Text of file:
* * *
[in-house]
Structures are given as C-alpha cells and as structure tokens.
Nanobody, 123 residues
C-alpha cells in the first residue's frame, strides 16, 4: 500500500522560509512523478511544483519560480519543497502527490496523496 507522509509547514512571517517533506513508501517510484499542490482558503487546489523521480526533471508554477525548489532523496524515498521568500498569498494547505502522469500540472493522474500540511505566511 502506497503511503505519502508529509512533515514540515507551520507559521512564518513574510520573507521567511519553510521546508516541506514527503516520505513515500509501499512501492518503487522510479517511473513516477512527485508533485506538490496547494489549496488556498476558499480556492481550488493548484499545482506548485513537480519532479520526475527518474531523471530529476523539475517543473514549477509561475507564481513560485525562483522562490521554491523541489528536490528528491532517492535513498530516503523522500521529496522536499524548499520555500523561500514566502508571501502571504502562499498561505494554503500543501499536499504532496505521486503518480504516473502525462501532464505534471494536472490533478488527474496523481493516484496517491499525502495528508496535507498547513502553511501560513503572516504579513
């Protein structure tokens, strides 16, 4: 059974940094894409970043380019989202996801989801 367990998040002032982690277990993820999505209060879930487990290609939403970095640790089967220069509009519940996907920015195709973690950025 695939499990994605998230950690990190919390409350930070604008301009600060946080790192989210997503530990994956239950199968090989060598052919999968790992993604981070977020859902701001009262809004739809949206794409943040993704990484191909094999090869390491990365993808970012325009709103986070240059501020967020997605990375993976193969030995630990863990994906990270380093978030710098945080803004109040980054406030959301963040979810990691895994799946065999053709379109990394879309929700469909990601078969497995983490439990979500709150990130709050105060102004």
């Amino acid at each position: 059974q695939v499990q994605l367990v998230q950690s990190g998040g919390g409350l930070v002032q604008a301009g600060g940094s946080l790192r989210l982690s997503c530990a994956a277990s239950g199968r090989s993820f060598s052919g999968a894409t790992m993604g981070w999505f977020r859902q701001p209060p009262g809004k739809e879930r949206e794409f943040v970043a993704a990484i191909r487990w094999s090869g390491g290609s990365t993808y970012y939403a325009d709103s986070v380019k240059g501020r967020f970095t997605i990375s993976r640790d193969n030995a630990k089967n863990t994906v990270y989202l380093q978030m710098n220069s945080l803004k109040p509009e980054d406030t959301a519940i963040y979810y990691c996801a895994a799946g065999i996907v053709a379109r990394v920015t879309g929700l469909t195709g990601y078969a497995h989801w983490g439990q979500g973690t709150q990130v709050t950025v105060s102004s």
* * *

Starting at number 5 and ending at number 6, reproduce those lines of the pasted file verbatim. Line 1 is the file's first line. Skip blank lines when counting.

């Protein structure tokens, strides 16, 4: 059974940094894409970043380019989202996801989801 367990998040002032982690277990993820999505209060879930487990290609939403970095640790089967220069509009519940996907920015195709973690950025 695939499990994605998230950690990190919390409350930070604008301009600060946080790192989210997503530990994956239950199968090989060598052919999968790992993604981070977020859902701001009262809004739809949206794409943040993704990484191909094999090869390491990365993808970012325009709103986070240059501020967020997605990375993976193969030995630990863990994906990270380093978030710098945080803004109040980054406030959301963040979810990691895994799946065999053709379109990394879309929700469909990601078969497995983490439990979500709150990130709050105060102004």
């Amino acid at each position: 059974q695939v499990q994605l367990v998230q950690s990190g998040g919390g409350l930070v002032q604008a301009g600060g940094s946080l790192r989210l982690s997503c530990a994956a277990s239950g199968r090989s993820f060598s052919g999968a894409t790992m993604g981070w999505f977020r859902q701001p209060p009262g809004k739809e879930r949206e794409f943040v970043a993704a990484i191909r487990w094999s090869g390491g290609s990365t993808y970012y939403a325009d709103s986070v380019k240059g501020r967020f970095t997605i990375s993976r640790d193969n030995a630990k089967n863990t994906v990270y989202l380093q978030m710098n220069s945080l803004k109040p509009e980054d406030t959301a519940i963040y979810y990691c996801a895994a799946g065999i996907v053709a379109r990394v920015t879309g929700l469909t195709g990601y078969a497995h989801w983490g439990q979500g973690t709150q990130v709050t950025v105060s102004s």